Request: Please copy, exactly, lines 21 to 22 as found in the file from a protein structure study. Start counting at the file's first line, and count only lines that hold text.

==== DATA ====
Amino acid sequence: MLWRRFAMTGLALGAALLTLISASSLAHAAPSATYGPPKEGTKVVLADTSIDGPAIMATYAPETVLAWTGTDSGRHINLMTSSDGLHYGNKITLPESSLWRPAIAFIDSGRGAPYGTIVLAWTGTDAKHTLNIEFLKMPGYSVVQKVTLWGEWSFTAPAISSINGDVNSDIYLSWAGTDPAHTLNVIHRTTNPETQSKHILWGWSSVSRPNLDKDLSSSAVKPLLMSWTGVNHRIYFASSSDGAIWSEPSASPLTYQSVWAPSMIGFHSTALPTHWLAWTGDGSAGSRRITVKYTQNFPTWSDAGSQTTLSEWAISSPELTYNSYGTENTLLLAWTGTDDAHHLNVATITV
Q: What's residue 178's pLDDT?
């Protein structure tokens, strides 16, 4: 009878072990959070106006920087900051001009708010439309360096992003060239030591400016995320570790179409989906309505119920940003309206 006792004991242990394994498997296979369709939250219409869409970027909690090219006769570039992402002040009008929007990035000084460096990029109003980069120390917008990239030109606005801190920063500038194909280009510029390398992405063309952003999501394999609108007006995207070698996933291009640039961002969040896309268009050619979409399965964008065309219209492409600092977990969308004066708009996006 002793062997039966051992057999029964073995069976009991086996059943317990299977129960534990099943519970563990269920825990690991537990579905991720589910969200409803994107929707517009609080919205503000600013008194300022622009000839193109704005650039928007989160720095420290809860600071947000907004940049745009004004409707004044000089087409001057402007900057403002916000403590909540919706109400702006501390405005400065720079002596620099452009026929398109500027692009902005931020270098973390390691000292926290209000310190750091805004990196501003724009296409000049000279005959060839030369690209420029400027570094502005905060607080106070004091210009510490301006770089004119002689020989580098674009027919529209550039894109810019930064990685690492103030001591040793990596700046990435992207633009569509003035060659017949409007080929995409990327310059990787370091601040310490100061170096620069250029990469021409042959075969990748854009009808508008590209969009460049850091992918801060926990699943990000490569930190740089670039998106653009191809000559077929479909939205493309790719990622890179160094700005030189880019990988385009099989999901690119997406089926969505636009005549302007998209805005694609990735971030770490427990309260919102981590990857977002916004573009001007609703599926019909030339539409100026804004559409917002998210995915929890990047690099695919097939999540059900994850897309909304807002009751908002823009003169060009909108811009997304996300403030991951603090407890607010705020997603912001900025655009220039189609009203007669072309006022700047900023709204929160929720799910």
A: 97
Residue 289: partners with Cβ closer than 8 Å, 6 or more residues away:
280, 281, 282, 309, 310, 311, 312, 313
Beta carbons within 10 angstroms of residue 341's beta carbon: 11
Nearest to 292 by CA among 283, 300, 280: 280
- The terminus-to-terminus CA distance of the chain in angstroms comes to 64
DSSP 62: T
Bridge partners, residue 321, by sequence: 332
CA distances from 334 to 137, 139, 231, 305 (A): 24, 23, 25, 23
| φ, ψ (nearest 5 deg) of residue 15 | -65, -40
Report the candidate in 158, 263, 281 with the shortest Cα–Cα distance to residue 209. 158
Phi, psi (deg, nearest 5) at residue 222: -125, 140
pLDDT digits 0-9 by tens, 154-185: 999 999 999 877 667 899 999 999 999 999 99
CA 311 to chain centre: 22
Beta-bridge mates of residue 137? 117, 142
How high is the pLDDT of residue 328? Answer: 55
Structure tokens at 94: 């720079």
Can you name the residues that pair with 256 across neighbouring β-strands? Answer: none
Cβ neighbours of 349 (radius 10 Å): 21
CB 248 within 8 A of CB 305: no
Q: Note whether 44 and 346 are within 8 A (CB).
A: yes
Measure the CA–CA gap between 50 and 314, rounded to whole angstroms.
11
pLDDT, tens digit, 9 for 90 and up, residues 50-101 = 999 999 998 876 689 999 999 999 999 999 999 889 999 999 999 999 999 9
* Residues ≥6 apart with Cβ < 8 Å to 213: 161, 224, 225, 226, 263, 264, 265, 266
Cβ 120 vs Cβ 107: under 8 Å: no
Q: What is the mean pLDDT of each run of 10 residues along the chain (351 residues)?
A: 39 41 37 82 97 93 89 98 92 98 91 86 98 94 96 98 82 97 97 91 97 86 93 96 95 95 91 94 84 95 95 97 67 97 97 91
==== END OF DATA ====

Can you name the residues that pair with 256 across neighbouring β-strands? Answer: none
Cβ neighbours of 349 (radius 10 Å): 21